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Prevalence of Childhood Exposure to Violence, Crime, and Abuse

Prevalence of Childhood Exposure to Violence, Crime, and Abuse ImportanceIt is important to estimate the burden of and trends for violence, crime, and abuse in the lives of children. ObjectiveTo provide health care professionals, policy makers, and parents with current estimates of exposure to violence, crime, and abuse across childhood and at different developmental stages. Design, Setting, and ParticipantsThe National Survey of Children’s Exposure to Violence (NatSCEV) includes a representative sample of US telephone numbers from August 28, 2013, to April 30, 2014. Via telephone interviews, information was obtained on 4000 children 0 to 17 years old, with information about exposure to violence, crime, and abuse provided by youth 10 to 17 years old and by caregivers for children 0 to 9 years old. Main Outcome and MeasureExposure to violence, crime, and abuse using the Juvenile Victimization Questionnaire. ResultsIn total, 37.3% of youth experienced a physical assault in the study year, and 9.3% of youth experienced an assault-related injury. Two percent of girls experienced sexual assault or sexual abuse in the study year, while the rate was 4.6% for girls 14 to 17 years old. Overall, 15.2% of children and youth experienced maltreatment by a caregiver, including 5.0% who experienced physical abuse. In total, 5.8% witnessed an assault between parents. Only 2 significant rate changes could be detected compared with the last survey in 2011, namely, declines in past-year exposure to dating violence and lifetime exposure to household theft. Conclusions and RelevanceChildren and youth are exposed to violence, abuse, and crime in varied and extensive ways, which justifies continued monitoring and prevention efforts. http://www.deepdyve.com/assets/images/DeepDyve-Logo-lg.png JAMA Pediatrics American Medical Association

Prevalence of Childhood Exposure to Violence, Crime, and Abuse

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Publisher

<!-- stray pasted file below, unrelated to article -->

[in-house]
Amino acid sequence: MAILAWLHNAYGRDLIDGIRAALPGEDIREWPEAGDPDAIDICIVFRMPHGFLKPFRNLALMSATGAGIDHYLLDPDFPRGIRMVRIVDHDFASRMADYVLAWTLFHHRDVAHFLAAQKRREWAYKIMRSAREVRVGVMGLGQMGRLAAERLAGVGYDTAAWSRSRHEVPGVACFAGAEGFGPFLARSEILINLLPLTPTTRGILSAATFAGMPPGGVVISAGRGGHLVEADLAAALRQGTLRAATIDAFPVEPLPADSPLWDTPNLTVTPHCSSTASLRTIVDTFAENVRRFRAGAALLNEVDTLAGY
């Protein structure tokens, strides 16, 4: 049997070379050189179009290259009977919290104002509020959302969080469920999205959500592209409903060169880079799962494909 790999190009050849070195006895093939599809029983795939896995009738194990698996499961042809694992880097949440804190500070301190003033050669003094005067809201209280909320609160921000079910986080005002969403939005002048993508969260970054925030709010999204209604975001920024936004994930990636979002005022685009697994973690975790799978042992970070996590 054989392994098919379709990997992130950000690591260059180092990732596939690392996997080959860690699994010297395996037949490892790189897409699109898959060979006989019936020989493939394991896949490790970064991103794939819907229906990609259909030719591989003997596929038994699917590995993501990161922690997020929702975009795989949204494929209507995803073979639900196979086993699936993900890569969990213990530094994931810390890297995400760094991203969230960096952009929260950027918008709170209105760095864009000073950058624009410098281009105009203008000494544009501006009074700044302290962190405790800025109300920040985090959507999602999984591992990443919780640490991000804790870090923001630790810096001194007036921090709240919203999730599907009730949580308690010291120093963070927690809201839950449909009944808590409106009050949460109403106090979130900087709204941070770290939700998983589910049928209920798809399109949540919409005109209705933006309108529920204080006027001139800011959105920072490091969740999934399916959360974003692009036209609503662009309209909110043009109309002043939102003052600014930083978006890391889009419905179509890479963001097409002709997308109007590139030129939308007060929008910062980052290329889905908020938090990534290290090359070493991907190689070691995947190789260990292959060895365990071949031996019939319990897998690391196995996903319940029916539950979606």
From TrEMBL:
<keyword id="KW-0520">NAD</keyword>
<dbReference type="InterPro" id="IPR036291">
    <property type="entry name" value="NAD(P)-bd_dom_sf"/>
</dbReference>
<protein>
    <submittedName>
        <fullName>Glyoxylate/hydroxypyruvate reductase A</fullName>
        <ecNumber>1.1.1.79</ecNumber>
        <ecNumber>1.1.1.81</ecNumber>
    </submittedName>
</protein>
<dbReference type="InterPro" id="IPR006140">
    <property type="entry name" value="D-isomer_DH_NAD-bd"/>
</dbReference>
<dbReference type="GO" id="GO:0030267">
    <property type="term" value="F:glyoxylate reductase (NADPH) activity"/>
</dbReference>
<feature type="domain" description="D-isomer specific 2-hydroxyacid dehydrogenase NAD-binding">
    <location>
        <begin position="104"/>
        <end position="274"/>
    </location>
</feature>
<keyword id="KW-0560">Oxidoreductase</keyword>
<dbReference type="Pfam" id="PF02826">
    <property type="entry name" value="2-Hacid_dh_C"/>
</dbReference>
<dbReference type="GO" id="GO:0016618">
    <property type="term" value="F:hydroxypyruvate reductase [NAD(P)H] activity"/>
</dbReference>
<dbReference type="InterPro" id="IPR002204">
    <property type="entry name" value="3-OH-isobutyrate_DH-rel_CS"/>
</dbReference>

American Medical Association
Copyright
Copyright 2015 American Medical Association. All Rights Reserved. Applicable FARS/DFARS Restrictions Apply to Government Use.
ISSN
2168-6203
eISSN
2168-6211
DOI
10.1001/jamapediatrics.2015.0676
pmid
26121291
Publisher site
See Article on Publisher Site

Abstract

ImportanceIt is important to estimate the burden of and trends for violence, crime, and abuse in the lives of children. ObjectiveTo provide health care professionals, policy makers, and parents with current estimates of exposure to violence, crime, and abuse across childhood and at different developmental stages. Design, Setting, and ParticipantsThe National Survey of Children’s Exposure to Violence (NatSCEV) includes a representative sample of US telephone numbers from August 28, 2013, to April 30, 2014. Via telephone interviews, information was obtained on 4000 children 0 to 17 years old, with information about exposure to violence, crime, and abuse provided by youth 10 to 17 years old and by caregivers for children 0 to 9 years old. Main Outcome and MeasureExposure to violence, crime, and abuse using the Juvenile Victimization Questionnaire. ResultsIn total, 37.3% of youth experienced a physical assault in the study year, and 9.3% of youth experienced an assault-related injury. Two percent of girls experienced sexual assault or sexual abuse in the study year, while the rate was 4.6% for girls 14 to 17 years old. Overall, 15.2% of children and youth experienced maltreatment by a caregiver, including 5.0% who experienced physical abuse. In total, 5.8% witnessed an assault between parents. Only 2 significant rate changes could be detected compared with the last survey in 2011, namely, declines in past-year exposure to dating violence and lifetime exposure to household theft. Conclusions and RelevanceChildren and youth are exposed to violence, abuse, and crime in varied and extensive ways, which justifies continued monitoring and prevention efforts.

Journal

JAMA PediatricsAmerican Medical Association

Published: Aug 1, 2015

References